What Is the Consumer and Business Lending Initiative (CBLI)?
The Consumer and Business Lending Initiative (CBLI) was a federal program that aimed to resolve the 2008 credit crisis and restore confidence in the economy through the government purchase of a massive amount of private debt. The aim was to unlock credit and kickstart the economy by encouraging the secondary lending markets to purchase assets backed by Small Business Administration (SBA) loans.
Managed by the U.S. Treasury, the Troubled Asset Relief Program (TARP) was intended to stabilize the country's financial system, restore economic growth, and reduce the number of home foreclosures by purchasing massive amounts of the troubled assets and stock shares of companies that had been caught in the collapse of the housing market.
- The Consumer and Business Lending Initiative (CBLI) sought to indirectly inject credit into small businesses and consumers by shoring up the institutions that offer that credit.
- Up to $200 billion in investor financing was provided to purchase small business loans, commercial mortgage securitizations, and consumer loans.
- It was hoped that this flow of money would unfreeze loan markets and expand access to credit for small business owners and consumers.
- The CBLI was part of the Troubled Asset Relief Program (TARP).
Understanding the Consumer and Business Lending Initiative (CBLI)
As part of this larger cleanup effort, the Consumer and Business Lending Initiative (CBLI) was given the task of strengthening the markets for credit that were available to small business owners and consumers. Up to $200 billion in financing was made available to buy small business loans, commercial mortgage securitizations, and consumer loans.
This was facilitated through the Term Asset-Backed Securities Loan Facility (TALF)—a program created by the U.S. Federal Reserve (Fed) in November 2008 to boost consumer spending and jumpstart the economy by issuing asset-backed securities (ABSs) made up of auto, student, and credit card loans as well as loans guaranteed by the SBA.
It was hoped that providing low-cost financing for investors would unfreeze securitization markets and expand access to credit for small business owners and consumers. The initiative also provided for the Treasury purchase of SBA-backed 504 and 7(a) loans, helping to further shore up these goals.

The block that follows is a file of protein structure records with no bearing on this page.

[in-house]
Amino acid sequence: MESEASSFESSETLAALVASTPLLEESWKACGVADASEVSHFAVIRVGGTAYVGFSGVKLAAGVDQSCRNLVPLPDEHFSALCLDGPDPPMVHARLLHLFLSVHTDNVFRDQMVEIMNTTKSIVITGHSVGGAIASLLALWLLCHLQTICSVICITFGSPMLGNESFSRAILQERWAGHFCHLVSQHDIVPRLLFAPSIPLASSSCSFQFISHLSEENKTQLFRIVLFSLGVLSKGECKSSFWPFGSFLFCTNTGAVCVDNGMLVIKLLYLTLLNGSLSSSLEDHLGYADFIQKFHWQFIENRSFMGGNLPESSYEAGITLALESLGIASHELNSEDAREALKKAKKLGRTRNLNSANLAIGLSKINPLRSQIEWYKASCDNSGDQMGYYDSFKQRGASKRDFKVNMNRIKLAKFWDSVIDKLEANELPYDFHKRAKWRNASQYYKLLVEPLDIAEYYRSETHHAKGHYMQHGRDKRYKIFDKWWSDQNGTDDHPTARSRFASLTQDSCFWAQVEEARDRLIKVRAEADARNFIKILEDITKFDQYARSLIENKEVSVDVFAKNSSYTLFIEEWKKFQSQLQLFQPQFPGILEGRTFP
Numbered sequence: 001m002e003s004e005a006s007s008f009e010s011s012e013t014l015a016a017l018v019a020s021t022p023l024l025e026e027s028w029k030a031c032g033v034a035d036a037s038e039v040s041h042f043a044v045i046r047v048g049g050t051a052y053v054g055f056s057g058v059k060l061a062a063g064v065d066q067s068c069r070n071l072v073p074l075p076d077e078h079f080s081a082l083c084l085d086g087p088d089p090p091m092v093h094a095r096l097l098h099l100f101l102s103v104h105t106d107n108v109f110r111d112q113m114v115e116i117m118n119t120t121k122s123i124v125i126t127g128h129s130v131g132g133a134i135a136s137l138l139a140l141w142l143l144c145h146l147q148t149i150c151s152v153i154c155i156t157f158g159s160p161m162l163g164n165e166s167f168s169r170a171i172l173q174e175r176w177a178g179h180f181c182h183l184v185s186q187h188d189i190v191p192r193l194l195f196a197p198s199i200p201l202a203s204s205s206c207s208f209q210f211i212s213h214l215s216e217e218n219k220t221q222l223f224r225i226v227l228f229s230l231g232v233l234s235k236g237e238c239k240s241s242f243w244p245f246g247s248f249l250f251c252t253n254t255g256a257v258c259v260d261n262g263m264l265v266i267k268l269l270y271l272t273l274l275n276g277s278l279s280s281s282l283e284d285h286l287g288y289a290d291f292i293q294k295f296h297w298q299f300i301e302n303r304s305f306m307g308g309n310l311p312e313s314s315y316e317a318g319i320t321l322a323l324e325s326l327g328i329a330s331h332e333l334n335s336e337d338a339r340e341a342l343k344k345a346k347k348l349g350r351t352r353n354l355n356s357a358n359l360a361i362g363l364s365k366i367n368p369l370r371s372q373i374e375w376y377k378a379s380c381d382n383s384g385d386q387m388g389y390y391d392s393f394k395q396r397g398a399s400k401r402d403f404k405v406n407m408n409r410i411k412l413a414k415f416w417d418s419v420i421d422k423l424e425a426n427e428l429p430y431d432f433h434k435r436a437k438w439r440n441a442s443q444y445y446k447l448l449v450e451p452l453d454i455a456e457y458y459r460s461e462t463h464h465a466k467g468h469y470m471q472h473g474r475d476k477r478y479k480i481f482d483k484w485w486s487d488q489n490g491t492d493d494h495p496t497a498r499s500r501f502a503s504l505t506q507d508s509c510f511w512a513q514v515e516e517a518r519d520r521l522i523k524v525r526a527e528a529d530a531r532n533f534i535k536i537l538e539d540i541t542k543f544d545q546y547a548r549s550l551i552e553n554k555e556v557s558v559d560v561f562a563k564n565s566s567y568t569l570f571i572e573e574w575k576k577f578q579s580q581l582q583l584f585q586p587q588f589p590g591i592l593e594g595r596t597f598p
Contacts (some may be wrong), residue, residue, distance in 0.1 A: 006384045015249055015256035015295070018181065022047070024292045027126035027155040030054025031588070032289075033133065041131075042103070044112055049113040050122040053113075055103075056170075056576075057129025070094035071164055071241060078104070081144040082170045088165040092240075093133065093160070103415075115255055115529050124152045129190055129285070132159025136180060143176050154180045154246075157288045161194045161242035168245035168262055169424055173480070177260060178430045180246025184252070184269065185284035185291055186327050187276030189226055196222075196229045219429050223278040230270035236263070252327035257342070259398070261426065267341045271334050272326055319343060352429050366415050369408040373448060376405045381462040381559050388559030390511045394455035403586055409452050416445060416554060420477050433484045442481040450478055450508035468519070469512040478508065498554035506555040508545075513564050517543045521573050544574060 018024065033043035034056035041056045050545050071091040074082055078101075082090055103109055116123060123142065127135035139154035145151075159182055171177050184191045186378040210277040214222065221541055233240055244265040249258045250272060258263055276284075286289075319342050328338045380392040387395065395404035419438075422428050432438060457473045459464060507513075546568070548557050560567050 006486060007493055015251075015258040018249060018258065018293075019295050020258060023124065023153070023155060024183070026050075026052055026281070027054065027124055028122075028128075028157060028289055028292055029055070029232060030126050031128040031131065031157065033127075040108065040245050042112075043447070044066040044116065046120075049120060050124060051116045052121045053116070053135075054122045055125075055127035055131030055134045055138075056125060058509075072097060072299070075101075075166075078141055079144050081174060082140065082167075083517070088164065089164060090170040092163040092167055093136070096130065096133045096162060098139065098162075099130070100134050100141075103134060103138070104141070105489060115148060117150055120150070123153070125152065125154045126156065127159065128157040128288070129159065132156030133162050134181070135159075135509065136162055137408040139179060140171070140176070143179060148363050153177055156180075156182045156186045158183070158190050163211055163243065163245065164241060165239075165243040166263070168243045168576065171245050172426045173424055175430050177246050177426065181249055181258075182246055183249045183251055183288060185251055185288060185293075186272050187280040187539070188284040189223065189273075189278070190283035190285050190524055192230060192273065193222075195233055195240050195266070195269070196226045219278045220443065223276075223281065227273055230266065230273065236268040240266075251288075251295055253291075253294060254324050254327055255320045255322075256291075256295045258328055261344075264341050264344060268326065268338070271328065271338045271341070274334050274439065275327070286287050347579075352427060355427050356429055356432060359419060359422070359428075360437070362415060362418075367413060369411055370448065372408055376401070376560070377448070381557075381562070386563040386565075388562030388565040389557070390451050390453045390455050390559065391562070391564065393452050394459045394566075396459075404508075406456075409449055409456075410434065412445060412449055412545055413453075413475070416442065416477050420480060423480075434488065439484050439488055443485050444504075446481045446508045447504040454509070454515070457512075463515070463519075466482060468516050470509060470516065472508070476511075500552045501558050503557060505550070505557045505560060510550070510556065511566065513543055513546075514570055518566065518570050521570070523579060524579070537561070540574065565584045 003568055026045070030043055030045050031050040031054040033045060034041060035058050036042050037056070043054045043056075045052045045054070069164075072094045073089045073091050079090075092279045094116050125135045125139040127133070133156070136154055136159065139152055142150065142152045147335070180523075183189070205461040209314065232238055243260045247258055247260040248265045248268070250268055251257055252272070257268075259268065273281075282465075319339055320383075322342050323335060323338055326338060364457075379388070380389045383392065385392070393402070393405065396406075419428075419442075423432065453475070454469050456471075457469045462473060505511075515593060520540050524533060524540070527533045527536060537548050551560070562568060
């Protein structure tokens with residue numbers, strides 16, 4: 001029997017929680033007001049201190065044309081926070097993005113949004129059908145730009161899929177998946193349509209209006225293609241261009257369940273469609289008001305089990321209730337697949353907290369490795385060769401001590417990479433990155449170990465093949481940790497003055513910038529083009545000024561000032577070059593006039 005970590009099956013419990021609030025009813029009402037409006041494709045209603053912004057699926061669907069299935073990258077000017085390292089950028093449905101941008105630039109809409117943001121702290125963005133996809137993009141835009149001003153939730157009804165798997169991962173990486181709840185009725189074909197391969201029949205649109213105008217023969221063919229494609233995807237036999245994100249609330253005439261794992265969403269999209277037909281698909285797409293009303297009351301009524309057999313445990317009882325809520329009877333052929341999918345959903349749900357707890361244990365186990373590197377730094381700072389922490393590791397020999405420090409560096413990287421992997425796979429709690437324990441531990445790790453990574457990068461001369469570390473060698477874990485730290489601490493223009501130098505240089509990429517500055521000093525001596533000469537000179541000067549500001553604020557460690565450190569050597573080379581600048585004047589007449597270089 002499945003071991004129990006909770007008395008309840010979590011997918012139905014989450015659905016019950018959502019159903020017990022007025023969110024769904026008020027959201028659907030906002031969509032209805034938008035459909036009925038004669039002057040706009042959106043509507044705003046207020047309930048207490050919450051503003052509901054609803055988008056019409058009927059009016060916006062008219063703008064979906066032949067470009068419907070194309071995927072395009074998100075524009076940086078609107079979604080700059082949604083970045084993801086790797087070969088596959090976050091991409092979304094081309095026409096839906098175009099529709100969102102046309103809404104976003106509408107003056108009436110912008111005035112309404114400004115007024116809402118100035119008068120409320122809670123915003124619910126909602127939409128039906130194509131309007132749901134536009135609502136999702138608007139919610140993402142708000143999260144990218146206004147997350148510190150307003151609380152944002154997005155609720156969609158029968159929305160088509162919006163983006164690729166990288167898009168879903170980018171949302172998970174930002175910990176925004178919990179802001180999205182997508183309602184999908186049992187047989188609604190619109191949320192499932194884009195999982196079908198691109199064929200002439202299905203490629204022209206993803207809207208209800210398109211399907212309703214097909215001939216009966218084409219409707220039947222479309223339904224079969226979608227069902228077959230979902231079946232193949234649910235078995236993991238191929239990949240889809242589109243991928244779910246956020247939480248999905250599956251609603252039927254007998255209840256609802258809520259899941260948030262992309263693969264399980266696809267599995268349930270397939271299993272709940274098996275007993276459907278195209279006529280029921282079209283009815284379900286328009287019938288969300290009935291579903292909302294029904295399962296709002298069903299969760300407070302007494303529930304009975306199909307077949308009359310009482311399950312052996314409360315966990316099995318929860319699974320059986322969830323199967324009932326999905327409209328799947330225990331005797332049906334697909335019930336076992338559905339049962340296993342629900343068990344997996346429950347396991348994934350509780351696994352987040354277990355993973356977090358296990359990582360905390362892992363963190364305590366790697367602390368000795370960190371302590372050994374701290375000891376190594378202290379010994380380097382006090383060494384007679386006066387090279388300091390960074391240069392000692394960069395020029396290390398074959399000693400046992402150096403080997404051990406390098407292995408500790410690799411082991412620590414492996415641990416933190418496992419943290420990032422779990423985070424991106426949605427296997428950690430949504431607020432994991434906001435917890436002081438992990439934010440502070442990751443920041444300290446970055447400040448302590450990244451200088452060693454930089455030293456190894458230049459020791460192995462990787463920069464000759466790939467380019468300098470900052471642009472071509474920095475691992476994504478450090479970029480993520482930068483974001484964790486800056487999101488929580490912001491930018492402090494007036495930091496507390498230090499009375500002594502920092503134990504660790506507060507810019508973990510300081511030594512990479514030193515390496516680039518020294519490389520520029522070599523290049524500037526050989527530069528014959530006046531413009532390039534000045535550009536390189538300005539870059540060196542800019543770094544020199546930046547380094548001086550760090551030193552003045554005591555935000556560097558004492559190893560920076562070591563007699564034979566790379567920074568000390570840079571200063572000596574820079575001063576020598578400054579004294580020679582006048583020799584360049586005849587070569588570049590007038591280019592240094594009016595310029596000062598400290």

Benefits of the Consumer and Business Lending Initiative (CBLI)
Backers of the CBLI argued that a major initiative by the Fed was needed to protect the secondary lending markets.
Important: ABSs became an important means for financial institutions (FIs) to fund extra loans to businesses and households.
In modern banking, the process works like this: Commercial banks market mortgages and other loans directly to consumers and small businesses. The banks then combine a number of these loans into batches that are sold to the secondary markets for purchase by investors in debt. The banks then have the bulk of the money they loaned out (minus the discount paid by the secondary market purchaser) to make another round of loans to consumers.
The Consumer and Business Lending Initiative (CBLI) was part of the Troubled Asset Relief Program (TARP), which was signed into law in October 2008 by President George W. Bush. All of these programs were part of the federal government's efforts to alleviate the effects of the Great Recession that followed the collapse of the housing market.
Without an effective secondary lending market, proponents of CBLI said, the flow of money to consumers dries up.
Criticism of the Consumer and Business Lending Initiative (CBLI)
Despite its honorable intentions, the CBLI was not applauded by everyone. When TARP was wrapped up in 2013, the government claimed that it had saved more than one million jobs, helped stabilize banks, and restored credit availability for individuals and businesses.
However, some economists, politicians, and financial professionals questioned whether the money could have been put to better use. There have been suggestions that the cash infusion that CBLI provided to banks did not always flow through to small business owners and consumers, as promised. Rather, the banks used the flood of cash for short-term lending rather than risking it on consumer and small business loans.
Timeline of the Consumer and Business Lending Initiative (CBLI)
The following were the principal events that occurred under the CBLI:
- November 2008: TALF is announced
- Feb. 10, 2009: The Fed, The Federal Reserve Bank of New York (FRBNY), and the U.S. Treasury reveal that TALF might be greatly expanded from $200 billion to $1 trillion
- March 3, 2009: TALF is launched
- March 19, 2009: Agencies expand the eligible collateral for the program to include such ABSs as floor plan loans, mortgage servicing advances, business equipment leases and loans, and vehicle fleet leases
- May 1, 2009: The Fed announces that newly issued commercial mortgage-backed securities (CMBSs) and ABSs backed by insurance premium finance loans would be eligible collateral under the TALF
- May 19, 2009: The Fed includes high-quality, legacy CMBSs in the program
- June 2, 2009: Loan requests under the CBLI reach their peak levels
- Aug. 17, 2009: TALF is extended through June 2010
- June 30, 2010: TALF is closed for new loan extensions
According to the U.S. Treasury, the TARP programs as a whole brought in more than $7.9 billion than was spent.